tooth-extractionAccording to recent studies, approximately 69 percent of adults in the United States lose at least one of their permanent teeth by the age of 44. The tragedy of tooth loss is that it is preventable in most cases. Humans grow only one set of adult teeth, and they’re necessary to biting and chewing, proper enunciation, and providing support for the soft tissues of the cheeks and lips.

Dr. Thornley prefers to preserve as much healthy tooth structure as possible when developing a patient’s treatment plan. On occasion, however, he will recommend tooth extraction for patients of his practice, specifically when the procedure can help the remaining teeth function better, protect the mouth from an invasive infection, or relieve severe discomfort.

Reasons For Extractions

Wisdom Teeth — A typical adult mouth can comfortably accommodate 28 permanent teeth. With the addition of four wisdom teeth, most people grow a total of 32.   Officially known as third molars, wisdom teeth begin to erupt between the ages of 17 and 25, a time of life once referred to as the age of wisdom. By the time wisdom teeth begin to grow, there’s often little room left on the dental arches for them to fully erupt, which can lead to crowding, discomfort, and a host of other dental problems. Extracting wisdom teeth relieves discomfort and prevents existing teeth from being forced out of place.

Extreme tooth decay—In most cases of tooth decay, infected tooth tissue can be removed and replaced with a dental filling. If a considerable amount of tooth tissue needs to be removed, then a dental crown can reinforce the tooth against further damage. Sometimes, decay can consume enough of a tooth’s interior to render the tooth useless. If root canal therapy can’t salvage the tooth, then extraction is the best option to prevent the infection from spreading to nearby tissues.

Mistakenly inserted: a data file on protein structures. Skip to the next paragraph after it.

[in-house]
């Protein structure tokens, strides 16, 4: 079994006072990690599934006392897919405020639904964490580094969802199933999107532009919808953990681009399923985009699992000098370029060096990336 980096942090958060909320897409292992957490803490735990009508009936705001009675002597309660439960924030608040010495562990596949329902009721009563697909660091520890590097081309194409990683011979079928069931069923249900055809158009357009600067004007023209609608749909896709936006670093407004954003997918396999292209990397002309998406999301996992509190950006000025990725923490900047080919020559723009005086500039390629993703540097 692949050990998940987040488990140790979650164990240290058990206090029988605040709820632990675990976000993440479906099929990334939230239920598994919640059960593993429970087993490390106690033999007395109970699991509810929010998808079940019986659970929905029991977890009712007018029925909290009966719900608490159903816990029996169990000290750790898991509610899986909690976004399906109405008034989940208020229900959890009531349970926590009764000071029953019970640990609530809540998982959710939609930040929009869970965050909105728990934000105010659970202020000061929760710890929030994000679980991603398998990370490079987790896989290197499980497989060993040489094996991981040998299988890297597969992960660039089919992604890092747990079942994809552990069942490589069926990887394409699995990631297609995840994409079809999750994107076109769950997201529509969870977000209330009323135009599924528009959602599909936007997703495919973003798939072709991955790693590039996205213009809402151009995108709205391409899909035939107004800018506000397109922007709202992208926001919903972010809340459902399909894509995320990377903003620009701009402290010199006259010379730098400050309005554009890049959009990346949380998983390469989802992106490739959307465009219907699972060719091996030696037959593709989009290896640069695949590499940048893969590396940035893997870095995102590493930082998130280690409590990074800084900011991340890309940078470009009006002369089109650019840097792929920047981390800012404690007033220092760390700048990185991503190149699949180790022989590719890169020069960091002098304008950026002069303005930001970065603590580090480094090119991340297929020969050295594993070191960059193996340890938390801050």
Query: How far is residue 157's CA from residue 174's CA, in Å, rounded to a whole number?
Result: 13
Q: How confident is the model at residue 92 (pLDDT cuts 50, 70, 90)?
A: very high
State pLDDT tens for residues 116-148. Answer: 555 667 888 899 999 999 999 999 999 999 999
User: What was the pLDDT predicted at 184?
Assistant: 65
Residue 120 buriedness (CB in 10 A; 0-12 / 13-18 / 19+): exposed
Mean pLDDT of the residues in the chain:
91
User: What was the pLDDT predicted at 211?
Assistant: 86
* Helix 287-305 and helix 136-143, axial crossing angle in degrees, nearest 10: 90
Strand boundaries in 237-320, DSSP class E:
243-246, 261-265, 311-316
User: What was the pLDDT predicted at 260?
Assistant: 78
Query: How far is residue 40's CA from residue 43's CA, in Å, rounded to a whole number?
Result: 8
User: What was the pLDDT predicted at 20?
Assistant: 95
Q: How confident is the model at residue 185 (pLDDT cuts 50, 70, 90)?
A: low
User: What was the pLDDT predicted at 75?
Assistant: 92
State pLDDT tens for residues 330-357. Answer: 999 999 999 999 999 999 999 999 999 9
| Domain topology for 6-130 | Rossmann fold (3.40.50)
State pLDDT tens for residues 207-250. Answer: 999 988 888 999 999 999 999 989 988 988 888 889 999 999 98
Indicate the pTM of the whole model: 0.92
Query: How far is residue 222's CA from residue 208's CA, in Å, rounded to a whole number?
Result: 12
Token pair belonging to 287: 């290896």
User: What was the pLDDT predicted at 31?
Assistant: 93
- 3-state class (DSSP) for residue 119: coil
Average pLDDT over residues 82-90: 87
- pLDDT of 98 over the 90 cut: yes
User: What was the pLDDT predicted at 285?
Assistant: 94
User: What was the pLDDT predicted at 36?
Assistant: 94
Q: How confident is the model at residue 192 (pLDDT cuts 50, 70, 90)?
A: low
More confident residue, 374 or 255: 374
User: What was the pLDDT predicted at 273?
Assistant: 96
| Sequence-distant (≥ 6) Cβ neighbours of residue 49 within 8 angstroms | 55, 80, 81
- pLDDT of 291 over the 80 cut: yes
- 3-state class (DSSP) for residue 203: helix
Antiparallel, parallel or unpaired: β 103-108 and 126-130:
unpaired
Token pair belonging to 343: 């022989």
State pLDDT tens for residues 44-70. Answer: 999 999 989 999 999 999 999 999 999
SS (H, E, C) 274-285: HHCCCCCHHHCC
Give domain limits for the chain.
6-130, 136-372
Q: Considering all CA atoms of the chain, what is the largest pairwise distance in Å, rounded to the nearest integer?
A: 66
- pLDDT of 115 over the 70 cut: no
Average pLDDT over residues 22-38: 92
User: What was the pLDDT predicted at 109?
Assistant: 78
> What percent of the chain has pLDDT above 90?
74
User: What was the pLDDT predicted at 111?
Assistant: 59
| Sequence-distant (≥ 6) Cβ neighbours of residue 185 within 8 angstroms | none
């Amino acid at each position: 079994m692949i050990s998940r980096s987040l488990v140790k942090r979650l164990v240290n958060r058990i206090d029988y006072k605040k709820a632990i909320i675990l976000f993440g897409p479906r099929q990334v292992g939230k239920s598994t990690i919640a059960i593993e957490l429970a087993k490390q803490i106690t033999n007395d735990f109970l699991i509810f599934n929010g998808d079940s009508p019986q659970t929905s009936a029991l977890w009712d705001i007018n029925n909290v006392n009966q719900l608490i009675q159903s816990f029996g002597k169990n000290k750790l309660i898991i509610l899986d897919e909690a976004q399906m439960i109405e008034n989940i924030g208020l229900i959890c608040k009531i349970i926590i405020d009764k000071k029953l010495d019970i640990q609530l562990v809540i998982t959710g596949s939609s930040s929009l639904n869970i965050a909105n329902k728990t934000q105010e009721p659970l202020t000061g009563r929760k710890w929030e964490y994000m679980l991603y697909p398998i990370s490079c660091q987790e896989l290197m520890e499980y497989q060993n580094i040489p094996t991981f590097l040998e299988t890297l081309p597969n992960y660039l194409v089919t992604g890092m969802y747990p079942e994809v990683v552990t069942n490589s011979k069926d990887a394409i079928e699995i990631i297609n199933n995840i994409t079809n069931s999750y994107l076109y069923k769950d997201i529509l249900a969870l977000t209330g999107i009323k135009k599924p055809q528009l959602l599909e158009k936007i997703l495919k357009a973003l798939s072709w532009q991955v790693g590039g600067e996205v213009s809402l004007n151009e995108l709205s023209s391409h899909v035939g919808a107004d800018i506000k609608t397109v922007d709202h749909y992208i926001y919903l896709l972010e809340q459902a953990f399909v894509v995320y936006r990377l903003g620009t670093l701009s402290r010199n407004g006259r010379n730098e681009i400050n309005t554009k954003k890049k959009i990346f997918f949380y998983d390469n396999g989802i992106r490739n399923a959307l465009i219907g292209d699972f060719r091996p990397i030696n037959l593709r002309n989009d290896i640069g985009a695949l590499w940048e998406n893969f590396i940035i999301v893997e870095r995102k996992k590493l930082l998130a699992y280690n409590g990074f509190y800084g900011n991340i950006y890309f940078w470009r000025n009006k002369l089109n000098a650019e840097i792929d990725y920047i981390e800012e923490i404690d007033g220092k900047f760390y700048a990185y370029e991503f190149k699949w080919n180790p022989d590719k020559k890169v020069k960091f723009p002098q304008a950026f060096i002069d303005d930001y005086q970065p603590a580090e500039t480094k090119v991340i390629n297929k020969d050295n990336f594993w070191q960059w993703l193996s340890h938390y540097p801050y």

Orthodontic treatment—Orthodontics refers to the science of straightening crooked teeth to improve the function of the mouth. Typical orthodontic treatment involves the use of braces to gently move teeth into their desired positions over time. If a tooth is too misaligned to be straightened, or if it impedes the progress of other teeth’s movement, then a tooth extraction can remove the obstruction and increase the chances of successful orthodontic treatment.

The Tooth Extraction Procedure

There are two forms of tooth extraction procedures—surgical and non-surgical. Non-surgical tooth extraction is the most common form and can be performed the same day as your appointment. For more complicated cases, a surgical tooth extraction may be required and Dr. Thornley will refer you to an Oral Surgeon.

Non-surgicalNon-surgical tooth extraction is performed with an instrument that grasps the visible portion of the tooth, or crown. After administering local anesthesia, Dr. Thornley will rock the tooth back and forth to dislodge the connective ligaments, and then gently lift the tooth out of its socket.

Surgical—Surgical tooth extraction is required when a tooth cannot be easily accessed and removed, such as when a tooth has broken or failed to erupt fully through the gums. The soft gum tissue lying over the tooth is elevated to allow access to the tooth. Sometimes, surgically splitting the tooth helps facilitate the extraction.

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